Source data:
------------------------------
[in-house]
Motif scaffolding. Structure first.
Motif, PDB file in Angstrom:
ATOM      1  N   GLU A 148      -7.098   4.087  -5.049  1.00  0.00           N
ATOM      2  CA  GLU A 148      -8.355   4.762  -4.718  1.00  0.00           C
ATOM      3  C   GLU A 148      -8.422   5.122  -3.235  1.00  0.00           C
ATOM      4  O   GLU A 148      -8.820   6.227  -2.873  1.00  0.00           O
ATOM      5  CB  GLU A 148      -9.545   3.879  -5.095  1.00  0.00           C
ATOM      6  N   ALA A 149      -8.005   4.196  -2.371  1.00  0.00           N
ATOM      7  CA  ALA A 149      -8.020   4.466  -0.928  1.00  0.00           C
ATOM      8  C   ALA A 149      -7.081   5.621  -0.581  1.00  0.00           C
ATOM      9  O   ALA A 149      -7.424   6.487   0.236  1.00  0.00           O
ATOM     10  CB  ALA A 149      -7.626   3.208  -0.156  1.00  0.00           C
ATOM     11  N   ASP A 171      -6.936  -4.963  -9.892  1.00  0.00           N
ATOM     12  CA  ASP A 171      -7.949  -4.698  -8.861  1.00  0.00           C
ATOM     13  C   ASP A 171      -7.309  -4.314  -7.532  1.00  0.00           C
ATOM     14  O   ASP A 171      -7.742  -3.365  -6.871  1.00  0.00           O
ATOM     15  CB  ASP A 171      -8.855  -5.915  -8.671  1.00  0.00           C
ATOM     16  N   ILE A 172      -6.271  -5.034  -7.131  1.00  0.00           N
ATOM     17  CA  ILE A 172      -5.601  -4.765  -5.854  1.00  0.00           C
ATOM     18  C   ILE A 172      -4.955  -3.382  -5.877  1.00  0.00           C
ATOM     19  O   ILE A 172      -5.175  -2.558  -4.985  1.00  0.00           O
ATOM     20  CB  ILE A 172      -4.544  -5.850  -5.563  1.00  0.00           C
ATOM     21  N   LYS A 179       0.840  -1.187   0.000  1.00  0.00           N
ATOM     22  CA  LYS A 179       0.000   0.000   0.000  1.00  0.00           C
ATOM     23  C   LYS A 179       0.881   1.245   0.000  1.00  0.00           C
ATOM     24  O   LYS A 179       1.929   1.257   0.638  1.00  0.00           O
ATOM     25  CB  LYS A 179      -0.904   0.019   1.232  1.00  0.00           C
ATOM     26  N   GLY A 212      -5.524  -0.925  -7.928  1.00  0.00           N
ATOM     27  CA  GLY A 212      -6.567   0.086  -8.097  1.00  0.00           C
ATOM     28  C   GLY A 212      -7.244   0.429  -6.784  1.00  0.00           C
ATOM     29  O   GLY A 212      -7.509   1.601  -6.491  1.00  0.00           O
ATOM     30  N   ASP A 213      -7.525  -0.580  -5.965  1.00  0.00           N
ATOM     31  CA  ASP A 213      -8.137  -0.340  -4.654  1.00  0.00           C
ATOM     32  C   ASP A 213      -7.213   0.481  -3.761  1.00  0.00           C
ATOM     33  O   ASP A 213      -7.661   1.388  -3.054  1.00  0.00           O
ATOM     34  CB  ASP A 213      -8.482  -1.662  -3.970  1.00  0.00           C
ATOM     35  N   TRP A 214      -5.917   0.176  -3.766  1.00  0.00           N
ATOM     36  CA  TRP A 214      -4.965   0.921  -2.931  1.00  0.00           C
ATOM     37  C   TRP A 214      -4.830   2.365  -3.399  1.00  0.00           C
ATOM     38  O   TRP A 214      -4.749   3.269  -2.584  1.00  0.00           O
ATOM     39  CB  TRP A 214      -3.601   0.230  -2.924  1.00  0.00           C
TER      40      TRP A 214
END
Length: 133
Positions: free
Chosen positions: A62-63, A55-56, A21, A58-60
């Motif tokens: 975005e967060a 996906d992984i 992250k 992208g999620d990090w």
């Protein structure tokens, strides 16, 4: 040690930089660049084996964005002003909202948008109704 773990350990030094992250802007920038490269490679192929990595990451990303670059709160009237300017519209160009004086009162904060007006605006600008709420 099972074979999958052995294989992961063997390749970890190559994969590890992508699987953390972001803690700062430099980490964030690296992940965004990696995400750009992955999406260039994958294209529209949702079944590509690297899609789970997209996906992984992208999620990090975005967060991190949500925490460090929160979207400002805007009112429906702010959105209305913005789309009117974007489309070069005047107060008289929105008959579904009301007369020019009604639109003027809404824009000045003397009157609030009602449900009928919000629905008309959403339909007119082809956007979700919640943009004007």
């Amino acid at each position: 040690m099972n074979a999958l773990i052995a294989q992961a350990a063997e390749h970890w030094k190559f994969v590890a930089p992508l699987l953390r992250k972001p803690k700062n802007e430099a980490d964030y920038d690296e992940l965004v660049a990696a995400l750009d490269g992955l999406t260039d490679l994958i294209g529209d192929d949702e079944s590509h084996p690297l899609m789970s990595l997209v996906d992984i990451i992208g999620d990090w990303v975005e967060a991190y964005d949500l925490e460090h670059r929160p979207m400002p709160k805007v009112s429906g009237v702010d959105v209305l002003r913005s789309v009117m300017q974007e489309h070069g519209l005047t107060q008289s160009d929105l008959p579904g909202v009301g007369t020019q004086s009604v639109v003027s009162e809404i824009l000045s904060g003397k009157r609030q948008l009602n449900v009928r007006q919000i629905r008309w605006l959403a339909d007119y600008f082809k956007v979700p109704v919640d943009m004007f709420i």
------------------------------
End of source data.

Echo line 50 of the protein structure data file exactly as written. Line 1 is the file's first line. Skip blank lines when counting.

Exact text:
């Amino acid at each position: 040690m099972n074979a999958l773990i052995a294989q992961a350990a063997e390749h970890w030094k190559f994969v590890a930089p992508l699987l953390r992250k972001p803690k700062n802007e430099a980490d964030y920038d690296e992940l965004v660049a990696a995400l750009d490269g992955l999406t260039d490679l994958i294209g529209d192929d949702e079944s590509h084996p690297l899609m789970s990595l997209v996906d992984i990451i992208g999620d990090w990303v975005e967060a991190y964005d949500l925490e460090h670059r929160p979207m400002p709160k805007v009112s429906g009237v702010d959105v209305l002003r913005s789309v009117m300017q974007e489309h070069g519209l005047t107060q008289s160009d929105l008959p579904g909202v009301g007369t020019q004086s009604v639109v003027s009162e809404i824009l000045s904060g003397k009157r609030q948008l009602n449900v009928r007006q919000i629905r008309w605006l959403a339909d007119y600008f082809k956007v979700p109704v919640d943009m004007f709420i």